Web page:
We’ve seen this Gators team bounce back before. After a crushing defeat to Loyola-Chicago, they went on a neutral floor to dispatch Cincinnati. After losing a rough one to Ole Miss, they found their shooting touch and beat Arkansas by 15. Then, after getting bullied is a loss to South Carolina, the Gators blitzed Baylor for a 21 point victory. Coming off an entirely disappointing effort against Georgia where they lost 72-60 the Gators now return home to take on coach Avery Johnson and the Alabama Crimson Tide. Lead by star freshman point guard Collin Sexton the Tide are a team with a fierce drive to win and the ability to go on devastating runs when their shots fall and they put the clamps on defensively. Let’s take a look at what to expect.
Sitting at 6-3 and second in the SEC tied with Tennessee and Kentucky, the Gators don’t want to drop this one. Additionally, Alabama is currently at 5-4. That means that if Florida were to lose and Tennessee and Kentucky both won their games this weekend the Gators could drop as low as 5th in the conference. I hope the Gators didn’t need any more motivation to win this one than a normal league game but if they do, here it is.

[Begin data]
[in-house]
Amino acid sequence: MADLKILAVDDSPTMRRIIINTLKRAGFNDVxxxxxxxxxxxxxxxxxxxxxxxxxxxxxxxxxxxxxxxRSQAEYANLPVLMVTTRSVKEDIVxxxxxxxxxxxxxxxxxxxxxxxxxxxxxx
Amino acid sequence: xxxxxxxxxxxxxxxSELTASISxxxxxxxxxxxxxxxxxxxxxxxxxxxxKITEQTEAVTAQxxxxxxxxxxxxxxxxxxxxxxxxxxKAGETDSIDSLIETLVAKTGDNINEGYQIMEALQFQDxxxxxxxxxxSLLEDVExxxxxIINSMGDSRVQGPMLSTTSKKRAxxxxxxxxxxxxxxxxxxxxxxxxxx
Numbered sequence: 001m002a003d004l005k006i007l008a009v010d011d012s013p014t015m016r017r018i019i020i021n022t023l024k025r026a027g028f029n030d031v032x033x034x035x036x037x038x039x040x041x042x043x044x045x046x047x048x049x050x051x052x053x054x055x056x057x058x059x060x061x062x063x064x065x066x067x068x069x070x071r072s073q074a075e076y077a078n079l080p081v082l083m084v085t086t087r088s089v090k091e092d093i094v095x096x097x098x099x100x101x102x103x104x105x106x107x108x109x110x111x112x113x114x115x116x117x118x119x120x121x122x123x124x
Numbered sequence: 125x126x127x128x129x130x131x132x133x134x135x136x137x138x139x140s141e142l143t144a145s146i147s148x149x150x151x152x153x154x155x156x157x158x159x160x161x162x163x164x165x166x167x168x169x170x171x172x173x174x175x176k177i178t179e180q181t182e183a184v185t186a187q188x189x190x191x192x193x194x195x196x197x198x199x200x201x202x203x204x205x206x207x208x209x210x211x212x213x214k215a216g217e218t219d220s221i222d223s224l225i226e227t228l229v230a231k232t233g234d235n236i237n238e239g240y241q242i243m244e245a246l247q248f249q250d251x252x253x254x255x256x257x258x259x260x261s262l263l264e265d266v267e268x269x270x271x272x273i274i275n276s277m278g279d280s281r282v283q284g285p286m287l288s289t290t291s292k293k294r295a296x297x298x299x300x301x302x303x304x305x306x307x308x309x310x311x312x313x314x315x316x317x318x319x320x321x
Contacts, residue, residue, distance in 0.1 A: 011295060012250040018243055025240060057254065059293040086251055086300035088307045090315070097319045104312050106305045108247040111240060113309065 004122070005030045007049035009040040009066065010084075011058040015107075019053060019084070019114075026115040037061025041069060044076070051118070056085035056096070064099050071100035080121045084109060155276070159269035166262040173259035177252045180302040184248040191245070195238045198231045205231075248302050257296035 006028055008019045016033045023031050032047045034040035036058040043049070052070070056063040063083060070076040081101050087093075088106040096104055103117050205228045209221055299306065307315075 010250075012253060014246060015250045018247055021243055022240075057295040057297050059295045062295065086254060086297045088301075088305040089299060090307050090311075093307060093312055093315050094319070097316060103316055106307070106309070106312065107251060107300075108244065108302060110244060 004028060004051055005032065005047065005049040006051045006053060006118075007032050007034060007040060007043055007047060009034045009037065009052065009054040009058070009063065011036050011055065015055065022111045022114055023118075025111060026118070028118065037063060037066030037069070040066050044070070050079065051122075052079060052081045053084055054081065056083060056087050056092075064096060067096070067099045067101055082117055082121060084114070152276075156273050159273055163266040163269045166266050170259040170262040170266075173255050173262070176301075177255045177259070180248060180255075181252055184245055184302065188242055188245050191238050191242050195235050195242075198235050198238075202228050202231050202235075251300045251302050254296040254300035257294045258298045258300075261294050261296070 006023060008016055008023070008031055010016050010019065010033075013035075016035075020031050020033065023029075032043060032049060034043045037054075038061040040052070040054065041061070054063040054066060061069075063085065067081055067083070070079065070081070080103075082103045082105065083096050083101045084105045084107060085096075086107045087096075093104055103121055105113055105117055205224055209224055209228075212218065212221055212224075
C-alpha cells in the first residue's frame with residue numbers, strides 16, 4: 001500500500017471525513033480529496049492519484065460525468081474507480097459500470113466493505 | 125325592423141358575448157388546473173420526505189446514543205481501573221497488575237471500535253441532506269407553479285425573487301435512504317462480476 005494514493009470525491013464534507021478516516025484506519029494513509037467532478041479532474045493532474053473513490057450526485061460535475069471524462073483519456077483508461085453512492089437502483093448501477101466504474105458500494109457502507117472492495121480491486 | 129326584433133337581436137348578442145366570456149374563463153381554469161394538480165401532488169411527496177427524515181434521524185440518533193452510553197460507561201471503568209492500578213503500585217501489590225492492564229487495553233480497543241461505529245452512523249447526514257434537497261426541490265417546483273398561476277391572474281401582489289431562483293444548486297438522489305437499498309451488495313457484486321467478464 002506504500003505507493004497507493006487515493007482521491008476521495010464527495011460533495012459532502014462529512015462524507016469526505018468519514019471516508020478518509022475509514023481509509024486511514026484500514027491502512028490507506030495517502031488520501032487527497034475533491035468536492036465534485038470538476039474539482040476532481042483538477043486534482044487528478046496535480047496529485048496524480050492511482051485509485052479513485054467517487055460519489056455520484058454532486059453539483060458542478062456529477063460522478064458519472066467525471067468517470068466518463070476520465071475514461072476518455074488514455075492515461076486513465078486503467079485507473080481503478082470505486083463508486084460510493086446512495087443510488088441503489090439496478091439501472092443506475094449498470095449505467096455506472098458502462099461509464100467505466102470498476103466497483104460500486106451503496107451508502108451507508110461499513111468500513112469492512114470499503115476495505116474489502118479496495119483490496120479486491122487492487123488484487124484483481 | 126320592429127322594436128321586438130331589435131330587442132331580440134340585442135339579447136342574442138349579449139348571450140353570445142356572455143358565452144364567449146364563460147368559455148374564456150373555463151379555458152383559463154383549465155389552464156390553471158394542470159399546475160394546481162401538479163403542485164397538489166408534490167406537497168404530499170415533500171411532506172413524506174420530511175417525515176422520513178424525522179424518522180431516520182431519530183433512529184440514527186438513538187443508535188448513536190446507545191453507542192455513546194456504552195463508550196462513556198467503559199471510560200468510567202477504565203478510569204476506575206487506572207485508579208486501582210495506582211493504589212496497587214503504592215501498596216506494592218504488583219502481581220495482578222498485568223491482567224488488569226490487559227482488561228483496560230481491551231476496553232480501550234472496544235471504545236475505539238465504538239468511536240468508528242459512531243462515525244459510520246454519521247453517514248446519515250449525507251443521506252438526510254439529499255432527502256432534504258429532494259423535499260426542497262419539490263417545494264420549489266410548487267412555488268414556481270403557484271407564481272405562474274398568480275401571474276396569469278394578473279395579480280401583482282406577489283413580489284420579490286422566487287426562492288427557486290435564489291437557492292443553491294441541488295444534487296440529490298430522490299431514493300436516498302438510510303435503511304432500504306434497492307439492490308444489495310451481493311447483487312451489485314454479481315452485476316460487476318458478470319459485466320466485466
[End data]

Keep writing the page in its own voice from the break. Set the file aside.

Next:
There is a pretty noticeable difference between how deep Alabama and Florida get into their bench. Alabama has zero players averaging 30 minutes per game and has 11 players playing over 10 minutes per game. The Gators have three players averaging over 30 minutes per game and only have 7 players averaging 10 minutes per game, and one of them is Deaundrae Ballard who has seen his role decrease to less then 10 minutes a game in 3 of the last 4 games. Alabama going so deep in their bench and not overworking players means that can keep up a high level of intensity the entire game. Florida, on the other hand, has had to play slower then Mike White has wanted due to the fact that he has had to play his core 6 players so many minutes and they need to conserve energy somehow. If the Gators want to be able to get to a faster pace of play they will need guys like Michael Okauru, Deaundrae Ballard, and Gorjok Gak to give quality minutes so that starters can rest. Regular mental lapses from these players (and some injuries and sickness) have kept Coach White from playing them too often and they’ll need to find a way to improve and play within the system to earn White’s trust back.